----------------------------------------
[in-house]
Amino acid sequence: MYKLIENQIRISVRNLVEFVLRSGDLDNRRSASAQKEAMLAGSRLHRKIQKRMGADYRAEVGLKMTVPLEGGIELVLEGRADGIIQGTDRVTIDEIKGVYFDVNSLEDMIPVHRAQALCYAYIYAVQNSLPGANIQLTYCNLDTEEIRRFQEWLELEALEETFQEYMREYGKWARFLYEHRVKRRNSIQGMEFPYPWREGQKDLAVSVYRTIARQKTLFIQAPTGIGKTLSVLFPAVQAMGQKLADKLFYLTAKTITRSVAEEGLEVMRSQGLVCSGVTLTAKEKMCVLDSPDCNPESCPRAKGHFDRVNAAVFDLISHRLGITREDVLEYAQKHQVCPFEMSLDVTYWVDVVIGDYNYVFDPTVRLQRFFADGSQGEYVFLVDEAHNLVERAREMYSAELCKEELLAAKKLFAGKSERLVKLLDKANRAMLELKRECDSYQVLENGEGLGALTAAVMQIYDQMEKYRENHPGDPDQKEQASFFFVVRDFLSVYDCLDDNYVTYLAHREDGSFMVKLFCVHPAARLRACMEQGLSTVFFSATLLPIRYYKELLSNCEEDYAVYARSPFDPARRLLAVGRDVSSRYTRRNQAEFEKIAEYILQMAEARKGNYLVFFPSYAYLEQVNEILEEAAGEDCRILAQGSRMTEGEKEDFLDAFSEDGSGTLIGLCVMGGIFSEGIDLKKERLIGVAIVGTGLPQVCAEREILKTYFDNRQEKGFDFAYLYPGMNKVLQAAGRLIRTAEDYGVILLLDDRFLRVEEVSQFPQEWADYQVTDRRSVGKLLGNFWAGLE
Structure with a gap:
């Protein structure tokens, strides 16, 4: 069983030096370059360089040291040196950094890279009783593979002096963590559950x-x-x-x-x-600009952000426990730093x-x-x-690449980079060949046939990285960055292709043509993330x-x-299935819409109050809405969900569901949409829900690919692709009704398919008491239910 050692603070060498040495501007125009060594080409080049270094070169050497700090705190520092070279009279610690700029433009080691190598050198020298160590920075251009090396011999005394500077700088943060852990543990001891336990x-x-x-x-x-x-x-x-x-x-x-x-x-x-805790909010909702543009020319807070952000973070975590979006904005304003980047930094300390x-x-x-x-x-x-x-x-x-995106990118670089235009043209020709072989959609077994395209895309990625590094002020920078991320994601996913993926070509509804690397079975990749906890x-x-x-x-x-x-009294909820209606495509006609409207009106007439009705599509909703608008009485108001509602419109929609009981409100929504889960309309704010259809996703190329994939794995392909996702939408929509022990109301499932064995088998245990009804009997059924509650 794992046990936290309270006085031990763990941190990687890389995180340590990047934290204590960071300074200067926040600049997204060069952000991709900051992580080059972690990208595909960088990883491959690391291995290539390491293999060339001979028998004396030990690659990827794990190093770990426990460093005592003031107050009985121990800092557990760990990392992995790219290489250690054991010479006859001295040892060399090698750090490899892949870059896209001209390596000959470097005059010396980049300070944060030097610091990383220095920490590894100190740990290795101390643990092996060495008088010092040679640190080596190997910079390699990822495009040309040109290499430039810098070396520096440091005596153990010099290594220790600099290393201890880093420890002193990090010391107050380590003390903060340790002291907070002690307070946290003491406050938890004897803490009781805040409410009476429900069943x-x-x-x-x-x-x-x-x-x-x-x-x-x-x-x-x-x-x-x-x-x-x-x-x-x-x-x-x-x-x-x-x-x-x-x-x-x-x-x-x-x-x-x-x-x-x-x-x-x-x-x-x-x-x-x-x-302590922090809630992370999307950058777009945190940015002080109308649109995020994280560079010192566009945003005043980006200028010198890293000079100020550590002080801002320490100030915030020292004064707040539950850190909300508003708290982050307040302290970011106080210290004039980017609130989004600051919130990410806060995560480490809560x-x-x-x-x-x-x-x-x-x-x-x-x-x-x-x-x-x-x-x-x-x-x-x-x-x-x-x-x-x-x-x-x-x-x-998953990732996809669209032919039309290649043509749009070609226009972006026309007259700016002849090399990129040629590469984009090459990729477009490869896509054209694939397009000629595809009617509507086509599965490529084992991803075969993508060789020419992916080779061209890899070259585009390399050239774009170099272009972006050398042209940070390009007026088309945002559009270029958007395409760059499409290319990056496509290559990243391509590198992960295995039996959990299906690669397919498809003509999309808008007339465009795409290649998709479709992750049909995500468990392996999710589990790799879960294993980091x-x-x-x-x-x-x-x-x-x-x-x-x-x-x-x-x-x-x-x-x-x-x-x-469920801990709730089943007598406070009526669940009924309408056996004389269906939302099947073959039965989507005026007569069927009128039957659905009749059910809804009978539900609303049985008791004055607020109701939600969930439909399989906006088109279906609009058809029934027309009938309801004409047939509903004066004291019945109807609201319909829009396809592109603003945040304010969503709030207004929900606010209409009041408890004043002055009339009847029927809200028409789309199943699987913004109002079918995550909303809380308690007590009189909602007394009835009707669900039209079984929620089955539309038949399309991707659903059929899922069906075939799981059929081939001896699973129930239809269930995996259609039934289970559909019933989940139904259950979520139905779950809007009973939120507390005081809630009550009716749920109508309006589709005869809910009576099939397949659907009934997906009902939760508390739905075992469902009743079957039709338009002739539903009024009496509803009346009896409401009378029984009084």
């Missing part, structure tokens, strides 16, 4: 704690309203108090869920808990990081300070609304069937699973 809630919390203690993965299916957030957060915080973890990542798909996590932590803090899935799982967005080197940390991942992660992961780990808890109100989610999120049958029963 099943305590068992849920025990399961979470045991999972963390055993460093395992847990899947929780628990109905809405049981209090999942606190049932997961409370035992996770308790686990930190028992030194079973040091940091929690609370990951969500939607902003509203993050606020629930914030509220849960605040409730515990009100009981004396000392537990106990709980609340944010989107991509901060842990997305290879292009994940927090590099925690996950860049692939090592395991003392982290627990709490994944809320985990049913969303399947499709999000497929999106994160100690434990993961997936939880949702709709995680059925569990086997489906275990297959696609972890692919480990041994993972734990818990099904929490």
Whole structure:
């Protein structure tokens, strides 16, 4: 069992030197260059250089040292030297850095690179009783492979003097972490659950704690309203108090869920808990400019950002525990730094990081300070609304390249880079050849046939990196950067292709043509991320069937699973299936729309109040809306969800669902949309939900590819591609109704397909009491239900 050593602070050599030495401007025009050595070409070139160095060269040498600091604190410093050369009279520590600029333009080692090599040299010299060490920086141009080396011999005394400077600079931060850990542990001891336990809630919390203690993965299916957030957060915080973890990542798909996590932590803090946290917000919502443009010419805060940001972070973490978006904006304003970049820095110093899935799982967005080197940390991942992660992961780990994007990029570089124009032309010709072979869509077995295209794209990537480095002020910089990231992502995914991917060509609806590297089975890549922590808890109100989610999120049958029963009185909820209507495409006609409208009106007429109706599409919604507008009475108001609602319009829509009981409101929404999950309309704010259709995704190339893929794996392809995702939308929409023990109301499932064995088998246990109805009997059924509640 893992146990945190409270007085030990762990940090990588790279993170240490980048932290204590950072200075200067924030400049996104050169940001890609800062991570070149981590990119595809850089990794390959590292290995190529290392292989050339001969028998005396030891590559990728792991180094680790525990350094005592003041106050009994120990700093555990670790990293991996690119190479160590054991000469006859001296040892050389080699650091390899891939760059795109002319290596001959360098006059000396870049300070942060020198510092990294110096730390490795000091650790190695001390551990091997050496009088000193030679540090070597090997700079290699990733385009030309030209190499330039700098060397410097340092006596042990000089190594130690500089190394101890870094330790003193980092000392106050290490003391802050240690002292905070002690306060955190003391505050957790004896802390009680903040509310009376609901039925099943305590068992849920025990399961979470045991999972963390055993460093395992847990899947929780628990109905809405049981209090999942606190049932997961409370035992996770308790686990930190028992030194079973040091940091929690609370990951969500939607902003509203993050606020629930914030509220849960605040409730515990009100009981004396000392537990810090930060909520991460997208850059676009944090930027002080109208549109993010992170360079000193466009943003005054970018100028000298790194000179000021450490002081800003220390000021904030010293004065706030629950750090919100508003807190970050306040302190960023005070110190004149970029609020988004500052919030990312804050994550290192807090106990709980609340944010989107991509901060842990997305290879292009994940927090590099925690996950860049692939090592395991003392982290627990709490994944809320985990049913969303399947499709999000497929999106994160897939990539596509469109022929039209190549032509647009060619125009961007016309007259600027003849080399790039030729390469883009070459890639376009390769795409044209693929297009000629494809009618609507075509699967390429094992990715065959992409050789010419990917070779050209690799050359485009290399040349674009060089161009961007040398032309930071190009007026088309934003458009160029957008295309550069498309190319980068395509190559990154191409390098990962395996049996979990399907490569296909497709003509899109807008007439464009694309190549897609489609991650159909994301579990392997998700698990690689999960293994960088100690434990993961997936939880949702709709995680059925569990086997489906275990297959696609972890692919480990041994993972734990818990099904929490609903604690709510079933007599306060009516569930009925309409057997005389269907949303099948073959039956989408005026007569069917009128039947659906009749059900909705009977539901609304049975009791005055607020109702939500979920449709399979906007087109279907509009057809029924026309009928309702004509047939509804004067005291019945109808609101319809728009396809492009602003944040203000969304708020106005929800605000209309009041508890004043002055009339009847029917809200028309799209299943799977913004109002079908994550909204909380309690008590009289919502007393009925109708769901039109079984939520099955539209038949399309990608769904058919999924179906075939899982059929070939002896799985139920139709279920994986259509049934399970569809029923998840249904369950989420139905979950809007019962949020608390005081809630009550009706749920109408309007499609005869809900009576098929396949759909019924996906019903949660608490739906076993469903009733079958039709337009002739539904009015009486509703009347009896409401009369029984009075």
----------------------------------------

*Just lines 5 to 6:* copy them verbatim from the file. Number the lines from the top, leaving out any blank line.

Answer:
């Missing part, structure tokens, strides 16, 4: 704690309203108090869920808990990081300070609304069937699973 809630919390203690993965299916957030957060915080973890990542798909996590932590803090899935799982967005080197940390991942992660992961780990808890109100989610999120049958029963 099943305590068992849920025990399961979470045991999972963390055993460093395992847990899947929780628990109905809405049981209090999942606190049932997961409370035992996770308790686990930190028992030194079973040091940091929690609370990951969500939607902003509203993050606020629930914030509220849960605040409730515990009100009981004396000392537990106990709980609340944010989107991509901060842990997305290879292009994940927090590099925690996950860049692939090592395991003392982290627990709490994944809320985990049913969303399947499709999000497929999106994160100690434990993961997936939880949702709709995680059925569990086997489906275990297959696609972890692919480990041994993972734990818990099904929490």
Whole structure: